Let’s talk

Given the symptoms of dementia,  it can be difficult for a dementia sufferer to socialize.  When he does  go out with others, he can struggle while having a conversation.  A dementia sufferer (DS) forgets names and words in almost every conversation and he frequently apologizes for his shortcomings.  More often than not, he clams up and withdraws. Often, in sympathy real or feigned, the person he is talking to says, “Oh don’t worry about it. I forget things all the time. Everyone does.”
Yes, it is true that everyone does forget things; however, it is different with a person who has dementia.  The ‘forgetting’ of a DS is a symptom of a disease that affects their life mentally, emotionally, and physically.  Forgetting words is only one aspect of the disease that affects them.  Ironically, sympathy leads them astray.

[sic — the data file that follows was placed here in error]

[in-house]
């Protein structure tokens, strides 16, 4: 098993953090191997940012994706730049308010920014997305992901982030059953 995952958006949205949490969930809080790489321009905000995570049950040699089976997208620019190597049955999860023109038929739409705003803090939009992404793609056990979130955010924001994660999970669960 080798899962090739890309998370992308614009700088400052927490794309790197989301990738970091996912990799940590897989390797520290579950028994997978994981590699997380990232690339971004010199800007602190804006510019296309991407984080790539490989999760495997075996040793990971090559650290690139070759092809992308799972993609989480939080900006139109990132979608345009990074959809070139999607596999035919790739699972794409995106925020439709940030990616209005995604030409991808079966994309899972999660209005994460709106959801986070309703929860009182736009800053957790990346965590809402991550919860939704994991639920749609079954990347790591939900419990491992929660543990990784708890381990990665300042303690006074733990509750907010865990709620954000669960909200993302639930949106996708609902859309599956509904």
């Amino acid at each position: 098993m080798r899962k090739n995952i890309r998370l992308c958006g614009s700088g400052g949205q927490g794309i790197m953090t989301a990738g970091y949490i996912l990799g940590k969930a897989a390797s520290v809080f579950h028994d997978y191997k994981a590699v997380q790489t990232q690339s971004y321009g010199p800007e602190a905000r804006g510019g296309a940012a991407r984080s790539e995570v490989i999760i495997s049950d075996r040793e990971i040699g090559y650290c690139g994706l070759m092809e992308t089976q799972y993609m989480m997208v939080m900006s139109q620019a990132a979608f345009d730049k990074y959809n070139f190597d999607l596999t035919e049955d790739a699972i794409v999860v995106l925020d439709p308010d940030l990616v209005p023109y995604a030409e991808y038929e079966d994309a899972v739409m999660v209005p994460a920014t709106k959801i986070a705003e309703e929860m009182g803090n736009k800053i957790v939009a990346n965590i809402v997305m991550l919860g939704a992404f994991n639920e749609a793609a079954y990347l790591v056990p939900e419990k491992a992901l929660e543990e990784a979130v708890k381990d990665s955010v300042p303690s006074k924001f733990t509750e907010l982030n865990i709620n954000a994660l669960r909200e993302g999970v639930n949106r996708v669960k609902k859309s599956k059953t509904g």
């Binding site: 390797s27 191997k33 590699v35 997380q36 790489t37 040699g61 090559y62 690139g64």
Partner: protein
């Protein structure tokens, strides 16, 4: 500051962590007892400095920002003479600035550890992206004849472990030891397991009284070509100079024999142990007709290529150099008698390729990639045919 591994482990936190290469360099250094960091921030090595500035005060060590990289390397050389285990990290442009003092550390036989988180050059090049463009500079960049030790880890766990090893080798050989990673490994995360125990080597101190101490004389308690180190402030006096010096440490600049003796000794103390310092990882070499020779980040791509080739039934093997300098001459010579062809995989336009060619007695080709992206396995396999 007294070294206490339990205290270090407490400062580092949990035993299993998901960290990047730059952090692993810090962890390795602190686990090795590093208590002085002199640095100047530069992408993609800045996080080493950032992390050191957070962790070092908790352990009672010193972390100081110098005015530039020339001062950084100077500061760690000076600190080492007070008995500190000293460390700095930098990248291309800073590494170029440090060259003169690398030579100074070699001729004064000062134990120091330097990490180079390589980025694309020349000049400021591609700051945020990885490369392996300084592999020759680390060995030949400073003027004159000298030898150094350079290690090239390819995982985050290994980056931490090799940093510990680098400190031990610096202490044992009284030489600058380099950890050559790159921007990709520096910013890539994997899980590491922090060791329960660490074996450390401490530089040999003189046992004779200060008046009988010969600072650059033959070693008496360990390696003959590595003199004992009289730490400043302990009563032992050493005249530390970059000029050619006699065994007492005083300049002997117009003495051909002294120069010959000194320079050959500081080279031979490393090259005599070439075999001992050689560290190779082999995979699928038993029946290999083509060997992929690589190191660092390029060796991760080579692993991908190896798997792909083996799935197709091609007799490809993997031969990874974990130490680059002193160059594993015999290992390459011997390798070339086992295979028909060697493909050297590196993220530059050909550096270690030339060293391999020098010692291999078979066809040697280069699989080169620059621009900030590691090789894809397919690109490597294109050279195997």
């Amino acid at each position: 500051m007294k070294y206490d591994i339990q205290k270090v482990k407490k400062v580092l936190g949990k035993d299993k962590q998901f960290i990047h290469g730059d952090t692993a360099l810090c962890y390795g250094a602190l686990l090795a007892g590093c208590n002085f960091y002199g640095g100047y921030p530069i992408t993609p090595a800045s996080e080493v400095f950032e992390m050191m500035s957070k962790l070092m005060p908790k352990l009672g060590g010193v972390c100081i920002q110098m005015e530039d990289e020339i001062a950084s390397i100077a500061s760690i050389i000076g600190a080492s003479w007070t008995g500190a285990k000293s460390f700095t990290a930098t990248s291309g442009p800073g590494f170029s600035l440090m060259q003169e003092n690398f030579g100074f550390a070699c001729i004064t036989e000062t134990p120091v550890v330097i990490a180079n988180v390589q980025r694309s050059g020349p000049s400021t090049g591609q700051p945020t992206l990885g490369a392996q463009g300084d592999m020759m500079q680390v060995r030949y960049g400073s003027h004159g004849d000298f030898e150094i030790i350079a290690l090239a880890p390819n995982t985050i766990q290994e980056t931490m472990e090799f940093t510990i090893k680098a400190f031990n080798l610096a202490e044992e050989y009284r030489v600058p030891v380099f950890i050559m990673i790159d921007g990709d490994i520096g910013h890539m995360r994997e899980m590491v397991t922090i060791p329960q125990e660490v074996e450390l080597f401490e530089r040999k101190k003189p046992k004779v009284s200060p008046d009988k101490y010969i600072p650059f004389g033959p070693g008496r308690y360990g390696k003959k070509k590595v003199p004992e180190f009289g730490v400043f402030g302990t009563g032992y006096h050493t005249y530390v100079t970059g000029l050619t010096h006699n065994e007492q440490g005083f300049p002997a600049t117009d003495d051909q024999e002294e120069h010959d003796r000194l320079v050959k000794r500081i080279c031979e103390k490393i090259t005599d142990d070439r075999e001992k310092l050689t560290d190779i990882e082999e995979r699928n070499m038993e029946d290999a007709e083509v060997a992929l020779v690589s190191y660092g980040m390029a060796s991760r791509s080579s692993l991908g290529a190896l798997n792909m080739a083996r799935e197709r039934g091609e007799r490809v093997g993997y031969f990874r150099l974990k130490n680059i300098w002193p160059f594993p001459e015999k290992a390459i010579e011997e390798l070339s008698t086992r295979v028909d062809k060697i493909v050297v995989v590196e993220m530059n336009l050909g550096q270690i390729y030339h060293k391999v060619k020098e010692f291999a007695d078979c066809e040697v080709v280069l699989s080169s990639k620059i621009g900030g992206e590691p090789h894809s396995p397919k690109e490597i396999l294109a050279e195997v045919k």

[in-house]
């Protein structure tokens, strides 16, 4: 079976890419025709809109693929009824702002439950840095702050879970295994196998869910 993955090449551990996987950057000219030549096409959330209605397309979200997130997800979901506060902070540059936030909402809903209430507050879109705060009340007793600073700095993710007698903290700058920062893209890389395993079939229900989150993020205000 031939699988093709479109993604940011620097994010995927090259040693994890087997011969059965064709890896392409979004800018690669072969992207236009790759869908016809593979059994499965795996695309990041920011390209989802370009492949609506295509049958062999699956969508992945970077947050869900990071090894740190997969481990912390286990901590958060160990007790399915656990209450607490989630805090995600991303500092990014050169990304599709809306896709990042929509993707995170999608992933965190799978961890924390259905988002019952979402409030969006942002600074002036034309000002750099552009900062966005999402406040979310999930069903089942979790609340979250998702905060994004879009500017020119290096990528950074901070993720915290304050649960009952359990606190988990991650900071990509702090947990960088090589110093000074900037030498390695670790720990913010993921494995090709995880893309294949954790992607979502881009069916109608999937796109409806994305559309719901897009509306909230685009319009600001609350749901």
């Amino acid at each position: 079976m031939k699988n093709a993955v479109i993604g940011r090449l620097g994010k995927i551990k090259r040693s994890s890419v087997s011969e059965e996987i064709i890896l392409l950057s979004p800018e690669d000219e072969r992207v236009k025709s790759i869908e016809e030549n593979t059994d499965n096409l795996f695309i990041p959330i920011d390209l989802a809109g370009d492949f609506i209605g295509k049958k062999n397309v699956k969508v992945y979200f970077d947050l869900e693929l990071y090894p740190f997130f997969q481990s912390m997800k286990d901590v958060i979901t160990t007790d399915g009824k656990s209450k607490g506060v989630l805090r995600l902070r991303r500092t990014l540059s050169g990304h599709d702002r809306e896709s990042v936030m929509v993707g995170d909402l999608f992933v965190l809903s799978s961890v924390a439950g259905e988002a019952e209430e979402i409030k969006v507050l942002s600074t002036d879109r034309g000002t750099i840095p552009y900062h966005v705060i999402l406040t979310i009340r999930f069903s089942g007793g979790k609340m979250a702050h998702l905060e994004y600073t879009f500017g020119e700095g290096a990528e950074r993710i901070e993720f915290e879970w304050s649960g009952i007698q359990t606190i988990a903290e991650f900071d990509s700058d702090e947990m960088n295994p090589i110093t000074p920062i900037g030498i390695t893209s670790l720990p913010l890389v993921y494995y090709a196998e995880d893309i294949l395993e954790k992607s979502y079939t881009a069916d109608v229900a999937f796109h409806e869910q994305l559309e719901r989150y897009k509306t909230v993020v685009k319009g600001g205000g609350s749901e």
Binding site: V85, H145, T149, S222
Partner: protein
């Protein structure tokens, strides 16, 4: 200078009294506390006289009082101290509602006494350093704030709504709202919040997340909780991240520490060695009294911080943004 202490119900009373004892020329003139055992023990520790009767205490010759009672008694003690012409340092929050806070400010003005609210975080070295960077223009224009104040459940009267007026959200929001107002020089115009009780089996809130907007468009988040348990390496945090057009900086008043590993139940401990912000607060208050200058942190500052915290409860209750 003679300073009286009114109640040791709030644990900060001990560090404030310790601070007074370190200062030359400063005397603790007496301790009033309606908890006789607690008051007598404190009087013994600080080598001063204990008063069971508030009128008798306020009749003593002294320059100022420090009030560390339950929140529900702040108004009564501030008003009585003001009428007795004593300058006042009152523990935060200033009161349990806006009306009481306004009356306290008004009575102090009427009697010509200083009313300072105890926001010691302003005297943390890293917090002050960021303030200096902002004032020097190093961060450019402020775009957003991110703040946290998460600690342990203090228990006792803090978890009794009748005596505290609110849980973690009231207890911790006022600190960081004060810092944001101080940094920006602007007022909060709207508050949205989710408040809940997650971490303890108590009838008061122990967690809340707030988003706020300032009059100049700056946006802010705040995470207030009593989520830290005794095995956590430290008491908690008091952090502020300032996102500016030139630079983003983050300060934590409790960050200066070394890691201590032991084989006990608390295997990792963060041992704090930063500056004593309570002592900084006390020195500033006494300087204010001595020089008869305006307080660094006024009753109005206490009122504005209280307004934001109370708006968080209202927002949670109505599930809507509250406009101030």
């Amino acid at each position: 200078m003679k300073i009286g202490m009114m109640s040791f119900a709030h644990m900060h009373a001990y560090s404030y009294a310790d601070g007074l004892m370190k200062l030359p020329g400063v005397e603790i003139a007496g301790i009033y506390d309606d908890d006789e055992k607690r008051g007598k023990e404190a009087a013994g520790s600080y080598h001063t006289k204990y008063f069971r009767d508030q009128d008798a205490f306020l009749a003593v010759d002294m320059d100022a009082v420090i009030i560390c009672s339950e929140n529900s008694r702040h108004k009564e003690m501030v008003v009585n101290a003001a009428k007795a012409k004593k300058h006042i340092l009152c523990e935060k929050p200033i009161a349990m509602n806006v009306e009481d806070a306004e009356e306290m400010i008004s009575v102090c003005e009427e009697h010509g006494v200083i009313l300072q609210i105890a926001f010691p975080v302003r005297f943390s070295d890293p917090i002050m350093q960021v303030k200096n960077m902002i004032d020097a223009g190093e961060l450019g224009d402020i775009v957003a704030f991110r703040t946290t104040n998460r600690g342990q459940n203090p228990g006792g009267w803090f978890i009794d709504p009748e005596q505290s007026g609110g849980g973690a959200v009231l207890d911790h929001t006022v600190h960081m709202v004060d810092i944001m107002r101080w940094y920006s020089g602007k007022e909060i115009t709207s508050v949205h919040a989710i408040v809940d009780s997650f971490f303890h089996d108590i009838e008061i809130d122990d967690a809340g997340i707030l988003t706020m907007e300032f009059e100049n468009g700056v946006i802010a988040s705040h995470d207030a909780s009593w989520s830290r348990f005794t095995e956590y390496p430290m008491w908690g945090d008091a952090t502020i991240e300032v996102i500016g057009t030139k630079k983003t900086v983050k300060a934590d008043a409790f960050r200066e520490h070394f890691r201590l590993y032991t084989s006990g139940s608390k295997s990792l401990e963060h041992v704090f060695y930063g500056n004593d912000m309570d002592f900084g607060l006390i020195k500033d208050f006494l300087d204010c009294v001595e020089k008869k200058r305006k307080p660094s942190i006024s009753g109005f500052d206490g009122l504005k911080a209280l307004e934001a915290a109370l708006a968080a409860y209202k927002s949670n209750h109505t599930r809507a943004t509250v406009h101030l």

Sympathetic words can tell a dementia sufferer that he is normal.  A DS is not normal, he is ill.  When he hears from others, however well-meaning, that ‘everyone does it’, he can become angry with his caregivers or medical personnel when he is told that he does indeed have an illness.  While most people don’t want to hurt the feelings of others, they still should watch their words and not just toss out a verbal panacea.
Sympathize with a DS as if he has diabetes or a heart condition – other serious chronic illnesses. Don’t mislead him by saying “Oh, I forget everything, too”.  (Unless, you too have dementia, then you shouldn’t have trouble finding common conversational ground.)  Tell him that you are sorry he is having trouble.  Be patient and don’t ‘fill in the blank’ unless he asks you to. Tell him to take care of himself.  Ask him what helps.  Listen.  Don’t dismiss him and walk away.  Don’t tell him to ‘get better’.
If all else fails, talk about the weather.

 

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